Aiming at the upper limit, register allocation will be a huge topic. RISC-V has 32 general purpose registers with one additional PC register, while x64 only grants us 16 general purpose registers, one of them (rsp) has to keep the native stack. In the interpreter design of CKB-VM, all RISC-V registers are kept in memory. Even though the old AOT engine tries to tackle this problem, only ra, sp and a0 are kept in x64 registers. Others will be used for bookkeeping reasons, including 5 temporary registers due to a lack of register allocator! While I do believe the memory used to keep RISC-V registers will most likely be in CPU cache, still it prevents the CPU from doing renaming for better performance, unless running on very recent CPU. Even so, there are quirks we might run into, chances are the performance is still not on par.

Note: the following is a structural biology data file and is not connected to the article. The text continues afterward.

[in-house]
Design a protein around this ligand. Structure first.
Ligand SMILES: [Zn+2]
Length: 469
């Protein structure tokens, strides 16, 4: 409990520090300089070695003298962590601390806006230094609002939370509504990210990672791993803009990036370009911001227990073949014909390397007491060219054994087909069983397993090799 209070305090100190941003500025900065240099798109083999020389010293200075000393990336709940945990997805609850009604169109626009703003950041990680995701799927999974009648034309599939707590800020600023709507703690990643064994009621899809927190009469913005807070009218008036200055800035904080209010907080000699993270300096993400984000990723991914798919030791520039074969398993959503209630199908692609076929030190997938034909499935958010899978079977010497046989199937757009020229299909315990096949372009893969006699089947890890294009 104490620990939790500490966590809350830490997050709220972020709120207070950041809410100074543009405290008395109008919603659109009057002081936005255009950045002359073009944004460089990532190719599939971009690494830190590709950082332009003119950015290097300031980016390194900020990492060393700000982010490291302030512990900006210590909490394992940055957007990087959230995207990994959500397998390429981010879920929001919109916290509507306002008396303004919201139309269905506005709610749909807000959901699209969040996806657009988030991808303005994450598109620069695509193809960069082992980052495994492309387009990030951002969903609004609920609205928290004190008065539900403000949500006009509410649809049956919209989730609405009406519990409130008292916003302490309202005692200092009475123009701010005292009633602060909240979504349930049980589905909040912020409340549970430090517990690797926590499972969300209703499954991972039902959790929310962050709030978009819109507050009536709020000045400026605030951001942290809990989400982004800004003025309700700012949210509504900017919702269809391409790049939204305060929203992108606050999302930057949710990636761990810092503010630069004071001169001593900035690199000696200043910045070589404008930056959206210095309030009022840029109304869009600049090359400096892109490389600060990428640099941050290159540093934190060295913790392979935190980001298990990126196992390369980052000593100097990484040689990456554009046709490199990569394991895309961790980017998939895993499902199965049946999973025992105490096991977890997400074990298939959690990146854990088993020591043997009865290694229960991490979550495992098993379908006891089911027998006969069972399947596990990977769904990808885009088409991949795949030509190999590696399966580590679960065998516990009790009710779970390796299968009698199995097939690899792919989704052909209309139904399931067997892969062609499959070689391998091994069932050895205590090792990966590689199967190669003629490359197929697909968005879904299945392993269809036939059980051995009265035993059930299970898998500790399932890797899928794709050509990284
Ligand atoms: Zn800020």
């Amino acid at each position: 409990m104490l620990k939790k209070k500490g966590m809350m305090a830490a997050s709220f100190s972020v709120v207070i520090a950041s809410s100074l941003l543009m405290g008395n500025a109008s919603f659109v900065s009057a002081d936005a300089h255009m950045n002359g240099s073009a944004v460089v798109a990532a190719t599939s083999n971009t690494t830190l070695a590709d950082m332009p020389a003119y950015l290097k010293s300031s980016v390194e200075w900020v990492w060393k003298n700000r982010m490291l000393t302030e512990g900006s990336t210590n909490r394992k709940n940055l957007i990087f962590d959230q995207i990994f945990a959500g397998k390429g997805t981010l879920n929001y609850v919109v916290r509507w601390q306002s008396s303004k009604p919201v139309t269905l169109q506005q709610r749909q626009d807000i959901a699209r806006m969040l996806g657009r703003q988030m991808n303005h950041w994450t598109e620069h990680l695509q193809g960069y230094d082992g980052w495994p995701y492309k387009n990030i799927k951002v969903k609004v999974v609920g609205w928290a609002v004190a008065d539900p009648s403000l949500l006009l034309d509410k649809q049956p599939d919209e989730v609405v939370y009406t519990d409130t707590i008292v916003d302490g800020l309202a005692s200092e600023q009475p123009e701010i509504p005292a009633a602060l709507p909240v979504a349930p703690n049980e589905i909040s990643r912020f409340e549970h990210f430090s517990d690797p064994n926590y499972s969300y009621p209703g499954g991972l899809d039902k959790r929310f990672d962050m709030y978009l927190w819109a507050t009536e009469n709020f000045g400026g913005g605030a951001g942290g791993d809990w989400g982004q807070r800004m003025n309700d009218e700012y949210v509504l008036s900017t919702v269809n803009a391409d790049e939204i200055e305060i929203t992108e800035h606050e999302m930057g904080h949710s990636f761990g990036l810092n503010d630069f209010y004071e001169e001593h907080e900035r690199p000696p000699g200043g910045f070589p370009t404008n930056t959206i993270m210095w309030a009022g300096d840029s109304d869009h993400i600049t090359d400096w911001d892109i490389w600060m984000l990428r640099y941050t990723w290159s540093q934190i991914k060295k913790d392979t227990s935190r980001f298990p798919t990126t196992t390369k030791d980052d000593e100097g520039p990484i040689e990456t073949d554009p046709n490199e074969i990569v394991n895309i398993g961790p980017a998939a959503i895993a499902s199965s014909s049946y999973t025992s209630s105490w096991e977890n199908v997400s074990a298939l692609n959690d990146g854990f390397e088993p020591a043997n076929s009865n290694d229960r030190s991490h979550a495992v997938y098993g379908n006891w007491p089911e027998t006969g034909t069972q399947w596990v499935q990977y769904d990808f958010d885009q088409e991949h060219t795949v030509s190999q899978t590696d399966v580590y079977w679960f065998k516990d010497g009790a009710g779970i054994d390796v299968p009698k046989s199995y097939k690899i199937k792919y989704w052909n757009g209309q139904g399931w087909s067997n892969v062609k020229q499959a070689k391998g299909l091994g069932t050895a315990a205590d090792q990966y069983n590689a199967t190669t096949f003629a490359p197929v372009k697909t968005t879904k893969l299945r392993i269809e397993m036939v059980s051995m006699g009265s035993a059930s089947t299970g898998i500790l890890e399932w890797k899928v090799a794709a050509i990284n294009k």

Drawing inspirations from the acedemia, HHVM calling convention can be used for this problem. First used by HHVM JIT, this special calling convention allows a function to have 15 arguments all put in registers, and also return 14 arguments in registers. In LLVM AOT engine, we design the code so each RISC-V function is generated into one native x64 function. Except for one argument used to keep a pointer to the LlvmAotMachineData struct, 14 x64 registers can be used to keep 14 hot RISC-V registers, and when the function returns, the updated values for those 14 RISC-V registers can also be returned as function arguments, to the caller function. This way we can keep as many RISC-V registers in x64 registers as possible. When temporary registers are needed(e.g: the unfortunate restriction that shift operands can only live in rcx, or that mul/div only affects rax/rdx), we can trust LLVM to help us perform correct register spills. This results in the following workflow: